], CNVs associated with cellular sensitivity to drug treatment are not likely to overlap exons, suggesting that they act not to disrupt coding sequence but to regulate gene expression. The high proportion of eQTLs among the CNVs associated with cellular sensitivity to each of the drugs further supports the hypothesis that these CNVs mediate their phenotypic consequences through their effect on the transcriptome. Genome-wide studies of pharmacologic phenotypes, such as response to antineoplastic agents, may benefit from studies of CNVs as eQTLs.
This study, to our knowledge, is the first comprehensive genome-wide study of the effect of CNVs, from the most extensive array-based and sequencing-based surveys of these structural variants, on pharmacologic phenotypes. In contrast to a recent disease susceptibility study that concluded that most CNVs that are well-typed have been indirectly explored by SNP studies [6
], we found a number of CNVs associated with drug sensitivity that are independent of SNPs. These CNVs therefore constitute novel genetic variations that have not been previously interrogated by SNP-based GWAS of pharmacologic phenotypes. Our discovery of drug susceptibility-associated variations, in the form of CNVs, that are independent of previous SNP findings and that show evidence for altering gene expression as eQTLs, suggests that CNVs should be included in comprehensive pharmacogenomic studies.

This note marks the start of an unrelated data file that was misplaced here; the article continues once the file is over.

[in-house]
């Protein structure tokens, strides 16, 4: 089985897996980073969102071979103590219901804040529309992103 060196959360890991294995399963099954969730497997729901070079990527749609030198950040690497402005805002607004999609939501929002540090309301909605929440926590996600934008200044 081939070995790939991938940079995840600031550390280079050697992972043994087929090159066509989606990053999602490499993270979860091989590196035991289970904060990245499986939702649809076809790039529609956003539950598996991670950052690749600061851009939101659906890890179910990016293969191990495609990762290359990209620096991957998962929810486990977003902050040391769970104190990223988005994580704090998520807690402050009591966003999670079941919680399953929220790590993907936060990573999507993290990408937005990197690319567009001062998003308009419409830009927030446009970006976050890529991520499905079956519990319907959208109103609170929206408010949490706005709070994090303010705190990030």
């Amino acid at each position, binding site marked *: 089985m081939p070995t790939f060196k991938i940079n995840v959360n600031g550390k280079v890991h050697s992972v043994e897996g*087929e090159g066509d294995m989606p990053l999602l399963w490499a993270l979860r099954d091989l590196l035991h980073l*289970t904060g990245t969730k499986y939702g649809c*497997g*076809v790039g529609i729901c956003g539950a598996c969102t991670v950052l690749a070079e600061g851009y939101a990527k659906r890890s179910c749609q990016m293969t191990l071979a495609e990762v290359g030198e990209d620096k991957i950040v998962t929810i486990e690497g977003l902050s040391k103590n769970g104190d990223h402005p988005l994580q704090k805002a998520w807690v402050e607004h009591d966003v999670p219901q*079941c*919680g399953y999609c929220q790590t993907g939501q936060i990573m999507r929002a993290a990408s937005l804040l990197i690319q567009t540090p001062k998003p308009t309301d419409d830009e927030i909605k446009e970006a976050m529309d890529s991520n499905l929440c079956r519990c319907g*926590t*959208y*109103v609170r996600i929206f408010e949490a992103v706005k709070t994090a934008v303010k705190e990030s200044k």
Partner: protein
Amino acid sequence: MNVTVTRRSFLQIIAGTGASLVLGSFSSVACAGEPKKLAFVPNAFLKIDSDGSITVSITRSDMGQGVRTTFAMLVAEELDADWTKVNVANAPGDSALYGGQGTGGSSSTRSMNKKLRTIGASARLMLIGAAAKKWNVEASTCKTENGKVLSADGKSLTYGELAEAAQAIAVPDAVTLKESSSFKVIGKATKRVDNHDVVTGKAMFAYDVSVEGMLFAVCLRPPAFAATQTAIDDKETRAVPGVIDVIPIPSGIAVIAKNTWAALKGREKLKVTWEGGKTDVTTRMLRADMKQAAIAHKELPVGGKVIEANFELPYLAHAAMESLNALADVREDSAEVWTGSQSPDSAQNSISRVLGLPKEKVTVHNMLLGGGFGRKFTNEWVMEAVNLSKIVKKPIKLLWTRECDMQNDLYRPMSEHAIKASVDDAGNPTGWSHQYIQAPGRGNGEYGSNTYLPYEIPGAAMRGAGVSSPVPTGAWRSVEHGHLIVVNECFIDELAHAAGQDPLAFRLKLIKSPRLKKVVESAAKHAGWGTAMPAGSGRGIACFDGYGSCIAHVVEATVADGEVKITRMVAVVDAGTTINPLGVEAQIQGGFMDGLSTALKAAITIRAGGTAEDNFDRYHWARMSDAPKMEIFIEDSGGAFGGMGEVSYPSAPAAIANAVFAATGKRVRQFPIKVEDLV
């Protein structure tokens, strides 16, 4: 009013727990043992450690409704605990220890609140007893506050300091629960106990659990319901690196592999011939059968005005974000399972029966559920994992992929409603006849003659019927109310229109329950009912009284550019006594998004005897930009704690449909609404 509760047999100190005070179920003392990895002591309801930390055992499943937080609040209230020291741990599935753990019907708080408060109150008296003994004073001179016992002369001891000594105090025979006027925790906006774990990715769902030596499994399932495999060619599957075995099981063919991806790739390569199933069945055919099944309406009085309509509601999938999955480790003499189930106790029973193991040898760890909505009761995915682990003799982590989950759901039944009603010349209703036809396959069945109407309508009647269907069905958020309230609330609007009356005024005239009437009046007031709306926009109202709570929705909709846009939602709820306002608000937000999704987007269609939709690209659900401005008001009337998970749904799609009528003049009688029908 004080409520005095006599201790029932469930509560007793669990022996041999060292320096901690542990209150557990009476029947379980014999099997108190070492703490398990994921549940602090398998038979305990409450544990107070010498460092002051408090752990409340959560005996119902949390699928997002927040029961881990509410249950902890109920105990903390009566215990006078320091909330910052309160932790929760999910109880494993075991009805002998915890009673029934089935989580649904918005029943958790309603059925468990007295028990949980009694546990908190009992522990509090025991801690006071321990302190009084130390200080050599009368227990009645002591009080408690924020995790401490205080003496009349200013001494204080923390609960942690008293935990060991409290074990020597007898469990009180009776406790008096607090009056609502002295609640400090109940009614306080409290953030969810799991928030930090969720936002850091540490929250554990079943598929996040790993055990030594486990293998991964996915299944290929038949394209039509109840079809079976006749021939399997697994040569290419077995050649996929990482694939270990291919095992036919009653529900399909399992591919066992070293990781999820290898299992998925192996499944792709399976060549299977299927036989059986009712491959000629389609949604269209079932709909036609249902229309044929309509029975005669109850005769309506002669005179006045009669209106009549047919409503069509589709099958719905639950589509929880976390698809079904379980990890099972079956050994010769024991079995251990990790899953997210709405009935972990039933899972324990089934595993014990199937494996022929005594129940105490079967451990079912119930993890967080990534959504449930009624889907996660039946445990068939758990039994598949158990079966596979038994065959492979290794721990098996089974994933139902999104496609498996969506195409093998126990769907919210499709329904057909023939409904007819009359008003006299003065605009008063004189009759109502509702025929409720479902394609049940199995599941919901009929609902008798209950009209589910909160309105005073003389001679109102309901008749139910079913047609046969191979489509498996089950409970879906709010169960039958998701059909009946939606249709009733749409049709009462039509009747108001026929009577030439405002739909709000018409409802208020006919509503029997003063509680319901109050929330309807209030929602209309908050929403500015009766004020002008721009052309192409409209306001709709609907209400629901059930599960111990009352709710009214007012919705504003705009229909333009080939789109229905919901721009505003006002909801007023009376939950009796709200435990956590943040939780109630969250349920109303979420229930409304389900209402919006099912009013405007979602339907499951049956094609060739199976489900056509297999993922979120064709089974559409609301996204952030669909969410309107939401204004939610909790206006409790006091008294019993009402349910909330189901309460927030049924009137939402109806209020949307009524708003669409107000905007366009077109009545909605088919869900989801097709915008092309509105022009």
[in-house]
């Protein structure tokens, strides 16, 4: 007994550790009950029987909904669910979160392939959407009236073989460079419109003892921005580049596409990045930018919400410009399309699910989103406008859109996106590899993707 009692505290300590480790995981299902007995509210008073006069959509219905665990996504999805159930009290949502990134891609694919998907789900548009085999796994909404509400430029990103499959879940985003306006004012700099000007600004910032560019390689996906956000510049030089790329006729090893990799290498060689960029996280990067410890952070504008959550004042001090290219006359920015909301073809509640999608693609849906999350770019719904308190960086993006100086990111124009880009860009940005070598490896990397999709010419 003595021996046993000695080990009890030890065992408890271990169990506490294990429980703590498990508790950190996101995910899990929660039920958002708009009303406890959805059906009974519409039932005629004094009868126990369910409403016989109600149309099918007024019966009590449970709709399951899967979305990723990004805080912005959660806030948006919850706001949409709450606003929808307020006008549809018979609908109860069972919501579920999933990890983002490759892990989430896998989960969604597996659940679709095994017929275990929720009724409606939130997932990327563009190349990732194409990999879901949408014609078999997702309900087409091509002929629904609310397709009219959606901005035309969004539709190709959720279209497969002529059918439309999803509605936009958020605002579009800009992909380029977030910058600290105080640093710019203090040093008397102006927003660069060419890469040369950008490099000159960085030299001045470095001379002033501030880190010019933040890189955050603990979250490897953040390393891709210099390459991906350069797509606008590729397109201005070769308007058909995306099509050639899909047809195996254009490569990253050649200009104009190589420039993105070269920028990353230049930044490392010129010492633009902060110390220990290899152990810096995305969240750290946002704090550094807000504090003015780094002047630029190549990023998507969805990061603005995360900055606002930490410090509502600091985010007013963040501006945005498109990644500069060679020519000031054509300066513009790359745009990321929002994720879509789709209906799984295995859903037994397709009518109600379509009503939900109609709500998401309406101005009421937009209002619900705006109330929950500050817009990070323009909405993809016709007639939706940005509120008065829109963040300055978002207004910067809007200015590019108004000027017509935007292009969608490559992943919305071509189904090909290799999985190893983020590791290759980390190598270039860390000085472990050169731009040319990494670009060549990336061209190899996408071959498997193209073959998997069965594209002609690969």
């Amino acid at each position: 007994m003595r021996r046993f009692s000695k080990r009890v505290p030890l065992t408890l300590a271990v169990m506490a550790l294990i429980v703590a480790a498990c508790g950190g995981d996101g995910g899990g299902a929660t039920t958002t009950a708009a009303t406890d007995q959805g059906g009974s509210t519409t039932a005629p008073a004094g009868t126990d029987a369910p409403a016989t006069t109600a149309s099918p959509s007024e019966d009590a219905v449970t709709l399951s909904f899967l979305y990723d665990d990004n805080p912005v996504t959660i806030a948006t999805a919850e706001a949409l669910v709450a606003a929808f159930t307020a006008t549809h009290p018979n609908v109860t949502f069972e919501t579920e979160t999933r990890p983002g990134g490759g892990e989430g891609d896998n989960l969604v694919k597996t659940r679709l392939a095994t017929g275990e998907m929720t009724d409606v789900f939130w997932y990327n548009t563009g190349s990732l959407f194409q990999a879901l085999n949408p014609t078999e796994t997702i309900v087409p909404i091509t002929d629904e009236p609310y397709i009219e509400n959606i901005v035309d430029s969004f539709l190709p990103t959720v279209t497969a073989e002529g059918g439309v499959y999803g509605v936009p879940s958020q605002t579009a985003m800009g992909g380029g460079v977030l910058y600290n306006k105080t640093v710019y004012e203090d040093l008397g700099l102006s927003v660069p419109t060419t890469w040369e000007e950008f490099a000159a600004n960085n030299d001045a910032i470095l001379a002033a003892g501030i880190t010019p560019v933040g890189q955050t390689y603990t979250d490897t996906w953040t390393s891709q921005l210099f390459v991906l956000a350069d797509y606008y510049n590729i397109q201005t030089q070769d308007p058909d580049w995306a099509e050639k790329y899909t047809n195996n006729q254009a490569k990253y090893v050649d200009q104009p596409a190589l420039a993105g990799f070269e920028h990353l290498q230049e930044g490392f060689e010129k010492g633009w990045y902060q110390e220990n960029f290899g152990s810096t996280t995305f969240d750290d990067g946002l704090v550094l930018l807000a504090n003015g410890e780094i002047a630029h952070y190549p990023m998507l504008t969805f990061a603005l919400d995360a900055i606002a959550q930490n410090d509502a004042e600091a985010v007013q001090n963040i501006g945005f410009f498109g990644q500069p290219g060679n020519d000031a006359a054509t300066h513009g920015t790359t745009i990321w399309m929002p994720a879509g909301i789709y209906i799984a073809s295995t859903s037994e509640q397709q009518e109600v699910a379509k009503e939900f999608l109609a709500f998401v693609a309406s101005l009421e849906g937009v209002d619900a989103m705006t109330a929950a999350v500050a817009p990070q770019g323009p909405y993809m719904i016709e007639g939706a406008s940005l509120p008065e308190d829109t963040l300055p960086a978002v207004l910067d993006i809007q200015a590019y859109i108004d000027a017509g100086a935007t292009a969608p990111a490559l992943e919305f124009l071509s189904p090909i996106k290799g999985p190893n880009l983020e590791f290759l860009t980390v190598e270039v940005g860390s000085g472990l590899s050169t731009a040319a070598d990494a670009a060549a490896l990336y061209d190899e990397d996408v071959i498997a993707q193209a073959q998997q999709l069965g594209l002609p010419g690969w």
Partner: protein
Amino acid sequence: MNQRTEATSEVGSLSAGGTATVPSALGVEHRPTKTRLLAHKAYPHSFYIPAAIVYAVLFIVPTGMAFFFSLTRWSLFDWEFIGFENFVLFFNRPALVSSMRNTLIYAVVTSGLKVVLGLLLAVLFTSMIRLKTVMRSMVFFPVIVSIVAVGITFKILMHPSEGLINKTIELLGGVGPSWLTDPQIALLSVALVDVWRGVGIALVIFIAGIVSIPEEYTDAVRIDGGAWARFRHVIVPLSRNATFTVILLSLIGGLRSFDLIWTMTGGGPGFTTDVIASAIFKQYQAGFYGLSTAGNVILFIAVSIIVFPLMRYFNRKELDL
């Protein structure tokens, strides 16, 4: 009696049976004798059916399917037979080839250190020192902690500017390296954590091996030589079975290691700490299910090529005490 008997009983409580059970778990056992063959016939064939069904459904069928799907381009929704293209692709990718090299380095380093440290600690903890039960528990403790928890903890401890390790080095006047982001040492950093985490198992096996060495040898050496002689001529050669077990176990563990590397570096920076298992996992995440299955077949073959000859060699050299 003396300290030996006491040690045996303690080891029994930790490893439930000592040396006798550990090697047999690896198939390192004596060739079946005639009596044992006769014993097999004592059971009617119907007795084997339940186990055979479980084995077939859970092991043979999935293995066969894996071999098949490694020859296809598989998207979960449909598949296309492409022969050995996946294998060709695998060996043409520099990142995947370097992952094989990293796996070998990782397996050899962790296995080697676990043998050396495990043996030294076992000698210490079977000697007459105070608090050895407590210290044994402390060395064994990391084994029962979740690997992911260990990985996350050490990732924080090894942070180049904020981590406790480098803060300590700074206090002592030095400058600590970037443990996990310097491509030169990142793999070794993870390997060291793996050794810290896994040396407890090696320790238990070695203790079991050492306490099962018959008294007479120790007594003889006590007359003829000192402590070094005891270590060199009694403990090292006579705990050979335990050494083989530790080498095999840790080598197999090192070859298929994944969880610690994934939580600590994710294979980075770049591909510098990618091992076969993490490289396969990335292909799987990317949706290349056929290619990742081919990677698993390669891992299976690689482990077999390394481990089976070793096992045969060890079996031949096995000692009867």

Candidate pharmacogenetic studies on drug metabolism-related genes, namely CYP2D6, CYP2A6, SULT1A1 and GSTM1, have documented the effect of CNVs on gene activity. Our results strongly support the necessity of integrating both SNP and CNV data to tighten the genotype-phenotype gap in pharmacogenetic studies. While the functional validation we conducted in this study may not allow robust predictions, the functional characterization of the effect of CCND1 mRNA level on cellular sensitivity to etoposide underscores the importance of considering the role of the transcripts that are the targets of drug susceptibility-associated CNVs (acting as eQTLs) in conferring drug susceptibility.
We found a significant overlap (P
= 7.7 × 10-10